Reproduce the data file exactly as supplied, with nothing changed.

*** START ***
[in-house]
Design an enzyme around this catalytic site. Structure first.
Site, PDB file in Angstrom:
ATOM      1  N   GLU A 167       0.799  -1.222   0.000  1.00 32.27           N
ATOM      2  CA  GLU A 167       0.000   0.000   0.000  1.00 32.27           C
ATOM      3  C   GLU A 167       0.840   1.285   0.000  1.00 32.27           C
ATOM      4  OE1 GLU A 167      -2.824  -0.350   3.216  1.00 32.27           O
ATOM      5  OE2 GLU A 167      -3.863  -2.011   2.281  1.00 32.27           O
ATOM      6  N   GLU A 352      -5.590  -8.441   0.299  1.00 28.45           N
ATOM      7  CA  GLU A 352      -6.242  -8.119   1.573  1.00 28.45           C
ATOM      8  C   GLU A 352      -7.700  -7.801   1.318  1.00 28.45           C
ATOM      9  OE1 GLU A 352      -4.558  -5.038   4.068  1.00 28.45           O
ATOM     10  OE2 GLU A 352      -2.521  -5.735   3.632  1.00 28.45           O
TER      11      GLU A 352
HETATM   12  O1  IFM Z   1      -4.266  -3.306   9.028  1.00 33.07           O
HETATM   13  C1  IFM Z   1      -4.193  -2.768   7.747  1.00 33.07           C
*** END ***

[in-house]
Design an enzyme around this catalytic site. Structure first.
Site, PDB file in Angstrom:
ATOM      1  N   GLU A 167       0.799  -1.222   0.000  1.00 32.27           N
ATOM      2  CA  GLU A 167       0.000   0.000   0.000  1.00 32.27           C
ATOM      3  C   GLU A 167       0.840   1.285   0.000  1.00 32.27           C
ATOM      4  OE1 GLU A 167      -2.824  -0.350   3.216  1.00 32.27           O
ATOM      5  OE2 GLU A 167      -3.863  -2.011   2.281  1.00 32.27           O
ATOM      6  N   GLU A 352      -5.590  -8.441   0.299  1.00 28.45           N
ATOM      7  CA  GLU A 352      -6.242  -8.119   1.573  1.00 28.45           C
ATOM      8  C   GLU A 352      -7.700  -7.801   1.318  1.00 28.45           C
ATOM      9  OE1 GLU A 352      -4.558  -5.038   4.068  1.00 28.45           O
ATOM     10  OE2 GLU A 352      -2.521  -5.735   3.632  1.00 28.45           O
TER      11      GLU A 352
HETATM   12  O1  IFM Z   1      -4.266  -3.306   9.028  1.00 33.07           O
HETATM   13  C1  IFM Z   1      -4.193  -2.768   7.747  1.00 33.07           C